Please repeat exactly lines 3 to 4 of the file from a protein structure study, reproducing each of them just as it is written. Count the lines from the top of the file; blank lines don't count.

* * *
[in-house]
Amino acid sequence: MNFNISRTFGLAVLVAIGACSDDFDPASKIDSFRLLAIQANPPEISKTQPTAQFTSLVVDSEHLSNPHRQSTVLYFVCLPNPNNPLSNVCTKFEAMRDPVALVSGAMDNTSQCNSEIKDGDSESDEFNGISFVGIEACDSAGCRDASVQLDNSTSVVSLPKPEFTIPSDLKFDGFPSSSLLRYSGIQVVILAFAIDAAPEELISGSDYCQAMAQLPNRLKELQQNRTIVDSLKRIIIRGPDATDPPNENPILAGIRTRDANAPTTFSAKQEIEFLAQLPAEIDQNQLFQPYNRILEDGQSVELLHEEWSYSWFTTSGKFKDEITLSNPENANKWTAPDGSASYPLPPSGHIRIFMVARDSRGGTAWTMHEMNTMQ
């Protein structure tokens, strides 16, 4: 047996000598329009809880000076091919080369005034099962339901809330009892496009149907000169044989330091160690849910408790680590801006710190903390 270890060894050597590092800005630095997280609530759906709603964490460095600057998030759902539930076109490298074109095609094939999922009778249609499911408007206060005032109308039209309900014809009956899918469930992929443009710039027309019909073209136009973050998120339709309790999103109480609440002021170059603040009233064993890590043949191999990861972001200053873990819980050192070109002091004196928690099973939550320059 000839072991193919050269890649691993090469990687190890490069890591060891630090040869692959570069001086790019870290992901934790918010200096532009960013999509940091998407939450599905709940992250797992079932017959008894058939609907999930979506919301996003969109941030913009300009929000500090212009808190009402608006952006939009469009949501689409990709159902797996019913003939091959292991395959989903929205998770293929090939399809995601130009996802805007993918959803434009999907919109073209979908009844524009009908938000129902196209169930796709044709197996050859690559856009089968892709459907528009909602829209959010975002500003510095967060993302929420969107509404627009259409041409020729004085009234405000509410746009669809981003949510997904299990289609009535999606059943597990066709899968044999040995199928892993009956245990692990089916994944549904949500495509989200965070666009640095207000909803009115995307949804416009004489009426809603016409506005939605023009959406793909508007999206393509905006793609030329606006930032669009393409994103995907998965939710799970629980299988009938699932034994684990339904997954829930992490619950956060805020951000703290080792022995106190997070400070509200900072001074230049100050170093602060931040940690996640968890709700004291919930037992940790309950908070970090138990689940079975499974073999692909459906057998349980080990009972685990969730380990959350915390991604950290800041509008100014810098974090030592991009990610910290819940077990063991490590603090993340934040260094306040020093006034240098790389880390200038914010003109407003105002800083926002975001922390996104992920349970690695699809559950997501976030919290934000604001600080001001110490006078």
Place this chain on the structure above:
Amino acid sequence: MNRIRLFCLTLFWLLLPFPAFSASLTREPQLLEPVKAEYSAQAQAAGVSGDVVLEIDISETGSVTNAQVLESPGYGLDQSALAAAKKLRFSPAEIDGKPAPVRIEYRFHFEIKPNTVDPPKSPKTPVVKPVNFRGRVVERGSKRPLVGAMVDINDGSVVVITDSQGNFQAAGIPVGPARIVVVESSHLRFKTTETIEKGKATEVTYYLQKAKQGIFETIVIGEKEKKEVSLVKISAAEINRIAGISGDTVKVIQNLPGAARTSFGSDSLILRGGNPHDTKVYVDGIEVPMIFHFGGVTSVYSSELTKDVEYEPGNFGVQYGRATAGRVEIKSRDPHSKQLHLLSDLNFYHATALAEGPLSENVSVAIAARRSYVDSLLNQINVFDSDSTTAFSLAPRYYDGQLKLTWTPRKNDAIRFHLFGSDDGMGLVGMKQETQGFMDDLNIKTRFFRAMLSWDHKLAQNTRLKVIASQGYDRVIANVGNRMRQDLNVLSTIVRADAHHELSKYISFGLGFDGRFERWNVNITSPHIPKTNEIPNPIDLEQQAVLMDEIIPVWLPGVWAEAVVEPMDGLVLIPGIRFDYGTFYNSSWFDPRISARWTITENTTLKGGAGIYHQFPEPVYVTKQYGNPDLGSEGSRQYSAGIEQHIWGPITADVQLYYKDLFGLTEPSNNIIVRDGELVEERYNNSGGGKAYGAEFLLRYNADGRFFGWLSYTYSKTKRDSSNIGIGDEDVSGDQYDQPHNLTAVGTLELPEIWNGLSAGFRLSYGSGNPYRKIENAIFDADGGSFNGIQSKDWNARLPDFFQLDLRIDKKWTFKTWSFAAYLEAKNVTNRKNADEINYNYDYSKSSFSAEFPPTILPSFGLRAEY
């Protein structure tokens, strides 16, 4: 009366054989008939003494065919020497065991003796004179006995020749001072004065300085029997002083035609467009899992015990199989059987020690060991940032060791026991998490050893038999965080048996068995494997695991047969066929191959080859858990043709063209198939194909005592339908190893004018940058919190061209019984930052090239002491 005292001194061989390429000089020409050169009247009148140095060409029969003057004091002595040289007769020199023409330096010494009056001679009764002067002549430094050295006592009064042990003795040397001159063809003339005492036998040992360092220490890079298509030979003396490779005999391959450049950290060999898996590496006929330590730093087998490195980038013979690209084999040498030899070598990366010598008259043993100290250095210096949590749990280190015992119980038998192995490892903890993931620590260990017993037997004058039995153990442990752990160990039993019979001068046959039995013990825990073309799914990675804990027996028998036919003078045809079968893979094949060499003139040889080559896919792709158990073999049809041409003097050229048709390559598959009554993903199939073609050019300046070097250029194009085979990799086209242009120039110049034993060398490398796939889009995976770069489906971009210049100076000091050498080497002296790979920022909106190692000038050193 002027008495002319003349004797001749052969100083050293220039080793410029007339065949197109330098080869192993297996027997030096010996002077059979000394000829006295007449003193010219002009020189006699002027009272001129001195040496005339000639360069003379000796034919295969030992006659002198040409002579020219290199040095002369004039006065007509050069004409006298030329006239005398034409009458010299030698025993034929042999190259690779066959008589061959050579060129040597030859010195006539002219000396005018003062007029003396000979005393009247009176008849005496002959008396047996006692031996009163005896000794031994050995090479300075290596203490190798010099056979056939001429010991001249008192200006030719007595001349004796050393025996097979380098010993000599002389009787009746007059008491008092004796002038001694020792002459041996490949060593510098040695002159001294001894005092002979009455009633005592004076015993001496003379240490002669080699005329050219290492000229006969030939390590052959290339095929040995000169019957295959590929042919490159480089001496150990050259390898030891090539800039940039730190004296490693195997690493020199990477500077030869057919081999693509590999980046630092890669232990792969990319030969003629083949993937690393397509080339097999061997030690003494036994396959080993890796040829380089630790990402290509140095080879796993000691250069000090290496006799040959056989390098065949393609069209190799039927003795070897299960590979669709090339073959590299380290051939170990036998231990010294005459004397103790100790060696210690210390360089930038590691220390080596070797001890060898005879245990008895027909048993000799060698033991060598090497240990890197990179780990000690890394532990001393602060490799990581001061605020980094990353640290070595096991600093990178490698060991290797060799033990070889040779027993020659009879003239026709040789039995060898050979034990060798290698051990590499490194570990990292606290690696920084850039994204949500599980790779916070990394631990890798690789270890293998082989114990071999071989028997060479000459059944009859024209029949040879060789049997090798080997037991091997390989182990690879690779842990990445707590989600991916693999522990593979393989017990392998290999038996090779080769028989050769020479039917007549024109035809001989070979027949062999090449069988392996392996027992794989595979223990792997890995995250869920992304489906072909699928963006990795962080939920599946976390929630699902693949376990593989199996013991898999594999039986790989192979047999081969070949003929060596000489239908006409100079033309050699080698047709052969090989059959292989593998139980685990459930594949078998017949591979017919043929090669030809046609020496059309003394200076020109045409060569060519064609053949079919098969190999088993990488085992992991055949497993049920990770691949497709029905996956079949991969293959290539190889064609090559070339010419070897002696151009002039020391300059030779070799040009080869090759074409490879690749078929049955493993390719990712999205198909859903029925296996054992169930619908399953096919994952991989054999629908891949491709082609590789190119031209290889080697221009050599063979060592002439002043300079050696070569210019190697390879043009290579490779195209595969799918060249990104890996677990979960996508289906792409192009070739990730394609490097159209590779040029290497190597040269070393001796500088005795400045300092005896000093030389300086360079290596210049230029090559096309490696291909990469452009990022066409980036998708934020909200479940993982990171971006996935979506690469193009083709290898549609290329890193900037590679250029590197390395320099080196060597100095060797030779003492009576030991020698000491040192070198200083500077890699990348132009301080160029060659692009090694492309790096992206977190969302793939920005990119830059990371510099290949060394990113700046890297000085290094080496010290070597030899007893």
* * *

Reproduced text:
């Protein structure tokens, strides 16, 4: 047996000598329009809880000076091919080369005034099962339901809330009892496009149907000169044989330091160690849910408790680590801006710190903390 270890060894050597590092800005630095997280609530759906709603964490460095600057998030759902539930076109490298074109095609094939999922009778249609499911408007206060005032109308039209309900014809009956899918469930992929443009710039027309019909073209136009973050998120339709309790999103109480609440002021170059603040009233064993890590043949191999990861972001200053873990819980050192070109002091004196928690099973939550320059 000839072991193919050269890649691993090469990687190890490069890591060891630090040869692959570069001086790019870290992901934790918010200096532009960013999509940091998407939450599905709940992250797992079932017959008894058939609907999930979506919301996003969109941030913009300009929000500090212009808190009402608006952006939009469009949501689409990709159902797996019913003939091959292991395959989903929205998770293929090939399809995601130009996802805007993918959803434009999907919109073209979908009844524009009908938000129902196209169930796709044709197996050859690559856009089968892709459907528009909602829209959010975002500003510095967060993302929420969107509404627009259409041409020729004085009234405000509410746009669809981003949510997904299990289609009535999606059943597990066709899968044999040995199928892993009956245990692990089916994944549904949500495509989200965070666009640095207000909803009115995307949804416009004489009426809603016409506005939605023009959406793909508007999206393509905006793609030329606006930032669009393409994103995907998965939710799970629980299988009938699932034994684990339904997954829930992490619950956060805020951000703290080792022995106190997070400070509200900072001074230049100050170093602060931040940690996640968890709700004291919930037992940790309950908070970090138990689940079975499974073999692909459906057998349980080990009972685990969730380990959350915390991604950290800041509008100014810098974090030592991009990610910290819940077990063991490590603090993340934040260094306040020093006034240098790389880390200038914010003109407003105002800083926002975001922390996104992920349970690695699809559950997501976030919290934000604001600080001001110490006078």
Place this chain on the structure above: